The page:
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View Diary: No Child Left Behind: Doomed to Fail? (116 comments)

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  •  That's a tough one. (1+ / 0-)
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    David Kroning

    I've been working more with small (no more than three) groups, starting out the class with questions they're to answer in writing. One is usually a "did you read question," and one a "connect this to something else" question, along with other questions to start them putting ideas together. Groups are self-selected, and the key is that they can kick people out. They do a pretty good job of keeping everyone on track.

    The other tactic that I've occasionally had to drag out is the reading quiz -- very short, and boneheaded. On the first day I tell them if I get a sense that some are consistently not reading, I'll invoke the daily quiz. The twist -- stolen from a colleague -- is that daily reading quizzes continue until the class average is 80%. The beauty of the system is that the readers keep racking up easy points, while the slugs keep falling farther and farther behind -- but the slugs are responsible for the quizzes continuing :)  Even the sluggiest of slugs catches on to this fairly quickly.

    So far I haven't had to use more than one series of the reading quizzes, and then only for about three days.

    And though I might be projecting, the former non-readers actually seem more interested when they have a sense of what other people are talking about.

    •  Forgot to add: (1+ / 0-)
      Recommended by:
      David Kroning

      After small groups, discussion as a large group follows. Sometimes they've found more things to talk about, and sometimes we start by having a group read what they wrote.

      •  I do more and more quizzing (1+ / 0-)
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        fiddler crabby

        at the level of reading comprehension, bone-headed stuff. I find that even when announced in advance, quizzes don't force students to read if they don't want to. I have large numbers of students who just take wild guesses on quiz after quiz. A few take the hint and improve. Most do not, however. Fwiw that's the reverse of my experience with quizzing from when I first began teaching. It was an effective prod back then. Now it's just a waste of class time for me.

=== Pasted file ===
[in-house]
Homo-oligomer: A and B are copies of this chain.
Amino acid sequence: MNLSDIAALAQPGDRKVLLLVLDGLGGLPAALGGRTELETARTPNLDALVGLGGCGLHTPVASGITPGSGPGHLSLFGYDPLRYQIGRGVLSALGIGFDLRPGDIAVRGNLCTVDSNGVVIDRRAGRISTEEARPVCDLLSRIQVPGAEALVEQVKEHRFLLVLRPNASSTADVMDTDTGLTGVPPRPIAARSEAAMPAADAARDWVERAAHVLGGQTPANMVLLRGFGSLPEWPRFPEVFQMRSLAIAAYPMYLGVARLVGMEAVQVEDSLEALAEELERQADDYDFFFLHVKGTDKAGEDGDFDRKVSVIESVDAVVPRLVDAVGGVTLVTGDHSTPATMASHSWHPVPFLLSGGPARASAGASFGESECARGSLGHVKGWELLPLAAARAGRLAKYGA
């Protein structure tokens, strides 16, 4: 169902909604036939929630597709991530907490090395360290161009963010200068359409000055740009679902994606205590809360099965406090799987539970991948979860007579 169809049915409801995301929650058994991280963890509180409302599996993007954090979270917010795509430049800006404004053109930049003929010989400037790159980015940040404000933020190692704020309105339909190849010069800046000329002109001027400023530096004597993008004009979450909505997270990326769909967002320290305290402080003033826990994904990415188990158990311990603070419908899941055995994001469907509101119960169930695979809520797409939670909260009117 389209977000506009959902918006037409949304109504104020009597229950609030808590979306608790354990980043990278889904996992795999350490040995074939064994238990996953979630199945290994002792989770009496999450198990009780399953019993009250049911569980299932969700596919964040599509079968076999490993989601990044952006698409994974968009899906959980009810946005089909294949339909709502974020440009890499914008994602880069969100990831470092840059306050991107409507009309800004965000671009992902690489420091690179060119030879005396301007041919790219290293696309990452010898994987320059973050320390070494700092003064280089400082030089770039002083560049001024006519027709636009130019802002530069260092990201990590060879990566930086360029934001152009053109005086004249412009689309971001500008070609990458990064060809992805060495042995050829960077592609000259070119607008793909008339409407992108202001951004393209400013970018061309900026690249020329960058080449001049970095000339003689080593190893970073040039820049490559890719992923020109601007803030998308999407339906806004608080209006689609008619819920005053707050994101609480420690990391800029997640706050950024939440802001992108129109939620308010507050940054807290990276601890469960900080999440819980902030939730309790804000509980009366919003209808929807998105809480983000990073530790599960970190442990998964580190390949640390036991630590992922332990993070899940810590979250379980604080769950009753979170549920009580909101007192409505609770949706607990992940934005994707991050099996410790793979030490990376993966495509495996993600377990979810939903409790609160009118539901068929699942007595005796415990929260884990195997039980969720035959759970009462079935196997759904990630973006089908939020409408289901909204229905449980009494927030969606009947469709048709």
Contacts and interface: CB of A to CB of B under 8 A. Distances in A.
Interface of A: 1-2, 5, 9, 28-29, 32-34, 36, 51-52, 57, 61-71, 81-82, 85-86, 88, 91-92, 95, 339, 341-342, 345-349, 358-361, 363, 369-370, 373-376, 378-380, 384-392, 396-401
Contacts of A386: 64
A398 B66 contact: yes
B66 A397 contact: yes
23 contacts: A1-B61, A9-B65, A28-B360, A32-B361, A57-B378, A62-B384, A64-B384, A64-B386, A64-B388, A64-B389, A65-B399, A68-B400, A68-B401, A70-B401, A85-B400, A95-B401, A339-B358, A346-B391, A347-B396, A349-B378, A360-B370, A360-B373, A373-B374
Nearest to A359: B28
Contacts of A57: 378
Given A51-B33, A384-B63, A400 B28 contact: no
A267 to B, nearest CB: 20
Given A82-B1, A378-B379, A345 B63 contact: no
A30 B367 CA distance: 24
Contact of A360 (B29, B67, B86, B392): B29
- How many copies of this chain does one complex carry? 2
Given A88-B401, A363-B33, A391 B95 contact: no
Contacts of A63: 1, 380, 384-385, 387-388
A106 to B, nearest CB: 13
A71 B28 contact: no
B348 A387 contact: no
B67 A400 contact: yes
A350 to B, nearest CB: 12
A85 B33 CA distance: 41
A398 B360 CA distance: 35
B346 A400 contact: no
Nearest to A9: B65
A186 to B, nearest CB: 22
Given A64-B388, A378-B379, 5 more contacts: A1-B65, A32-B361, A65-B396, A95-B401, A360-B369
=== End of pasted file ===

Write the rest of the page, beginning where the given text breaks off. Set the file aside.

Have had similar experiences in a large lecture course I taught twice on classical myth in recent years. There were a series of hour exams with simple, factual questions. Nearly all the students who failed the first exams badly would continue to fail subequent exams just as badly. The attitude I'm seeing in so many undergraduate students these days is bizarre. The better undergraduates and nearly all graduate students are as good as they've ever been. It's just that there's an abyss that's opened up where good and average students used to be found.

    •  You must add to this whole mix: (1+ / 0-)
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      fiddler crabby

      That we generally work for Deans and Presidents who care only about the number of people we can stuff into our classes and how much money they bring in to the school.  I went to the University of Nebraska, a place where football generally means more to the school than academic success.

      •  Same at my school. (1+ / 0-)
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        David Kroning

        They keep track of our retention rate and grades, somehow believing that it's the only possible measure of "student success." It's possible for those to be useful, but I could crank up my retention rate to 100% pretty easily, and do far less work. No one would complain, and I'd probably get an award.

        And now there's talk of merit pay. I love my job, and had hoped to retire from it, but increasingly feel like staying will create an ethical dilemma.

        •  Yep...I have a colleague... (1+ / 0-)
          Recommended by:
          fiddler crabby

          whose classes are constantly filled to the brim.  He gives no homework and everyone gets an A.  He's had tenure for years and he doesn't give a damn.

          I'm sure everyone has one of those in their department.

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